We get our shot in the arm


By Patsy Nicosia

We get our shot in the arm

With military-like precision—and jokes and smiles—Schoharie County added 600 people to its COVID-vaccinated list Sunday.
Held at Cobleskill-Richmondville High School, it was the first mass-vax clinic, with more than 100 volunteers and Health Department staffers turning out to man tables, dispense shots, and help set up second appointments.
Irene Rivenburgh of Schoharie was first in line.
She took the excitement in stride; her concern is not bringing COVID home to her homebound husband, she said.
Bonnie Lewis, also from Schoharie and #2, was giddy.
“I’m excited,” Ms. Lewis said. “I like people. I want to be able to get out again. This is a really big deal for me.”
And for the Health Department as well.
If Sunday’s clinic went well—and by all appearances, it did—that could qualify them for a shipment of nearly 1,200 doses of the Pfizer vaccine next time.
“Today is a trial,” said Public Health Director Amy Gildemeister as they got ready to open the doors.
“This is half as many people in half as much time…That many Pfizer doses would require eight or nine hours, but I’m confident we can do it.”
Cobleskill Regional Hospital pharmacist Dave DeSando was one of about a dozen people administering the vaccines.
He said he welcomed the chance to get them out.
“This is what we do, we help people,” he said. “And it feels good. I’m glad to see so many people here. They’re taking this seriously.”
But not too seriously.
“It’s like old home day,” joked one volunteer. “I haven’t seen so many people I used to work with in years.”
“Did you see me cry?” asked Carl Walther of Sharon Springs after getting his shot.
“No really, I didn’t even feel it. It’s a relief to get this done.”
Katherine Hawkins of Summit said she was glad to have gotten a spot at the clinic.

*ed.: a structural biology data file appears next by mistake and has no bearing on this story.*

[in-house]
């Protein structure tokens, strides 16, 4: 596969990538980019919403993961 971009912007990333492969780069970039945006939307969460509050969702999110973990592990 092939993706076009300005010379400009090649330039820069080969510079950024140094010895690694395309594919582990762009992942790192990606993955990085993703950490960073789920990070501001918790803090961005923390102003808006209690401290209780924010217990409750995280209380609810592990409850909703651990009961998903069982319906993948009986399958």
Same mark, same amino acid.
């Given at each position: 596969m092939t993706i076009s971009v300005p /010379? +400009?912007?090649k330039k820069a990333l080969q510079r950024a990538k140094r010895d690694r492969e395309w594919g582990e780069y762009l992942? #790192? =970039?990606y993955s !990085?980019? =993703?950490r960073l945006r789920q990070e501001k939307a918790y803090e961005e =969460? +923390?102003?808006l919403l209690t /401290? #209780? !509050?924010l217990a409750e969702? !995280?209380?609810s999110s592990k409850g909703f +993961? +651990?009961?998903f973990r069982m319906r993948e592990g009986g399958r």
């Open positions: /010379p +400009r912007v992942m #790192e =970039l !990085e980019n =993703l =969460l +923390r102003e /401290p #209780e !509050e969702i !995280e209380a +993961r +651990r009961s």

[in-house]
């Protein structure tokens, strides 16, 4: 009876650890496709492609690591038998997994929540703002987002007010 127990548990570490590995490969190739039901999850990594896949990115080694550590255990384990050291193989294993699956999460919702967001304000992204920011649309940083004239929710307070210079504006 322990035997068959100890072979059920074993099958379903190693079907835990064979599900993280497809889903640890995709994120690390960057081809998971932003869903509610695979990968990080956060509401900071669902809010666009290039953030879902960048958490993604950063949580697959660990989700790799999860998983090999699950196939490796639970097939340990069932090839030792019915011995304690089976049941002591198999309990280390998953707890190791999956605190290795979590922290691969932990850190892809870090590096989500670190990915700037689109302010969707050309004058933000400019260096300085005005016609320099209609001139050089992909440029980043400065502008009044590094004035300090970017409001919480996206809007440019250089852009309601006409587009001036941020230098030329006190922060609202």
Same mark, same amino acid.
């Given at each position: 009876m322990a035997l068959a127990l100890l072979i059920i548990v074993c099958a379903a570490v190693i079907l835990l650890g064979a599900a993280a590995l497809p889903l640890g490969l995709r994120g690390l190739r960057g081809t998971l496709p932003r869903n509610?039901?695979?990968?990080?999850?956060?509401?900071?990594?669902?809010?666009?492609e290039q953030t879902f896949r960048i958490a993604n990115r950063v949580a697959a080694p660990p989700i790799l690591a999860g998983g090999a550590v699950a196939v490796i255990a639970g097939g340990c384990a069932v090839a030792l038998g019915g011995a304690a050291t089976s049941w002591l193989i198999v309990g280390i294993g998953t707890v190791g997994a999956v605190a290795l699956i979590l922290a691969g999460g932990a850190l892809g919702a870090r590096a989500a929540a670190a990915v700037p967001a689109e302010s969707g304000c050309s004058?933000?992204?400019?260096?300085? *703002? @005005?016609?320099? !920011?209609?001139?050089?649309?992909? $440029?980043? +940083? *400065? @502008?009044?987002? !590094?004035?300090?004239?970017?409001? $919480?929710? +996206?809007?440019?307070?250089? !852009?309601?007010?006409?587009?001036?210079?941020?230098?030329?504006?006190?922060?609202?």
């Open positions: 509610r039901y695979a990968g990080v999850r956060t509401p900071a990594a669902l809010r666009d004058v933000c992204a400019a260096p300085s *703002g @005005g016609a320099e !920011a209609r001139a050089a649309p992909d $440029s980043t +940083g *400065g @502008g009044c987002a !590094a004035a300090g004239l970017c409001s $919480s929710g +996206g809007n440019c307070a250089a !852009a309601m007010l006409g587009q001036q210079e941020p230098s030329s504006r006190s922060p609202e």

So was Nicolaos Gregoriou of North Blenheim, who’s planning a trip home to Greece in April; COVID restrictions are much stricter there, he said.
“And it’s just something we need to do. Today, it was all very well run and organized. It feels good.”

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While details are still sketchy, a new state COVID mass-vaccination site is expected to open at SUNY Oneonta late this week.
It’s expected to have the Pfizer vaccine and will be open seven days a week.
Once appointments are opened, those eligible will be able to set up one online at New York’s “Am I Eligible” website, https://am-i-eligible.covid19vaccine.health.ny.gov/ or search “Am I eligible NY” for the link, or by calling the state’s COVID-19 Vaccination Hotline at 1-833-NYS-4-VAX.
A total of 1,300 positive COVID cases had been reported in Schoharie County as of Tuesday, an increase of nine from the day before.
It was March 20, 2020 that the first two cases here were reported; the first death came in June.
It wasn’t till October that cases topped 100; by February 1, there were 1,000.
So far there have been 13 reported deaths.